What drives the shadow banking system in the short and long run?
No 1401, Working Papers from Federal Reserve Bank of Dallas
This paper analyzes how risk and other factors altered the relative use of short-term business debt funded by the shadow banking system since the early 1960s. Results indicate that the share was affected over the long-run not only by changing information and reserve requirement costs, but also by shifts in the impact of regulations on bank versus nonbank credit sources—such as Basel I in 1990 and reregulation in 2010. In the short-run, the shadow share rose when deposit interest rate ceilings were binding, the economic outlook improved, or risk premia declined, and fell when event risks disrupted financial markets.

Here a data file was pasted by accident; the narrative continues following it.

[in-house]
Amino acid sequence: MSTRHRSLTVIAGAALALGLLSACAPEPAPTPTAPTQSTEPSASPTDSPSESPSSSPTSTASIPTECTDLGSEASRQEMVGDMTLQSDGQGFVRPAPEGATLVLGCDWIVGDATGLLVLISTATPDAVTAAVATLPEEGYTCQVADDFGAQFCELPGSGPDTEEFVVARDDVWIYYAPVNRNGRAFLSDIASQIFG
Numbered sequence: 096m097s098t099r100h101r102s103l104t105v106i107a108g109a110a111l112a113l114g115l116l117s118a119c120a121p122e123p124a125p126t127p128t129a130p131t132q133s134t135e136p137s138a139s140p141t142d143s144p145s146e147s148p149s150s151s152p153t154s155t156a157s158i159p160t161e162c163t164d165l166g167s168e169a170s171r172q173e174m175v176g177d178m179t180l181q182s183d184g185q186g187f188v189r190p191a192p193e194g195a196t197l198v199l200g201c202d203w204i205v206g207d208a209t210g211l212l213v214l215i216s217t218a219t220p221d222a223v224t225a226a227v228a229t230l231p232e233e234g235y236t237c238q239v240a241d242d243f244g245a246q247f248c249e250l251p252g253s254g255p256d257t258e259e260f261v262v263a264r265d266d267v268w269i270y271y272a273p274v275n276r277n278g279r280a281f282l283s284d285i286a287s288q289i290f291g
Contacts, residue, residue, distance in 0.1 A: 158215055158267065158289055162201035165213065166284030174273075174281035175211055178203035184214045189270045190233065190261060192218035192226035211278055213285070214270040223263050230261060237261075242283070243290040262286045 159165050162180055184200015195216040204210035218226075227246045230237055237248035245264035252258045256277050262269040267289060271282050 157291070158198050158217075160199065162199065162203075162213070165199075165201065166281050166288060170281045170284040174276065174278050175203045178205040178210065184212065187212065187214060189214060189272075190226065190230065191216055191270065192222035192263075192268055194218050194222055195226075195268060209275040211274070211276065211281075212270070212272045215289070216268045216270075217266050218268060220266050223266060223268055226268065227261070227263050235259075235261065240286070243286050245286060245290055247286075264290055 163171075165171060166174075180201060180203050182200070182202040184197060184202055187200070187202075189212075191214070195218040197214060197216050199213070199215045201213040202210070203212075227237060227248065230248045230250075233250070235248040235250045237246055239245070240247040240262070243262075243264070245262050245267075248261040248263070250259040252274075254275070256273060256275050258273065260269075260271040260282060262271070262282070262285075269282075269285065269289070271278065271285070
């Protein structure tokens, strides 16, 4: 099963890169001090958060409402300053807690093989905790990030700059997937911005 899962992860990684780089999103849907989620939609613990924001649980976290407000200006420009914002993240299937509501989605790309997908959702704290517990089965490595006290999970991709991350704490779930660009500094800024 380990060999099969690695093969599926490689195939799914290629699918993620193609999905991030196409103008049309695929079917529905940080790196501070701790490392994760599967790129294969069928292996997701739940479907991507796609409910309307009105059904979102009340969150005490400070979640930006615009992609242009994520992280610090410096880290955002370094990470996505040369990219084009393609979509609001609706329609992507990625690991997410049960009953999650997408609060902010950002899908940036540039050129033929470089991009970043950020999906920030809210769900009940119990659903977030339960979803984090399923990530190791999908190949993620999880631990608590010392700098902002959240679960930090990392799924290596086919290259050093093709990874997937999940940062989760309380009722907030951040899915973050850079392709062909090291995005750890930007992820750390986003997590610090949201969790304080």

Keywords: shadow banking; regulation; financial frictions; credit rationing (search for similar items in EconPapers)
JEL-codes: E44 E50 N12 (search for similar items in EconPapers)
New Economics Papers: this item is included in nep-ban, nep-mac and nep-sog
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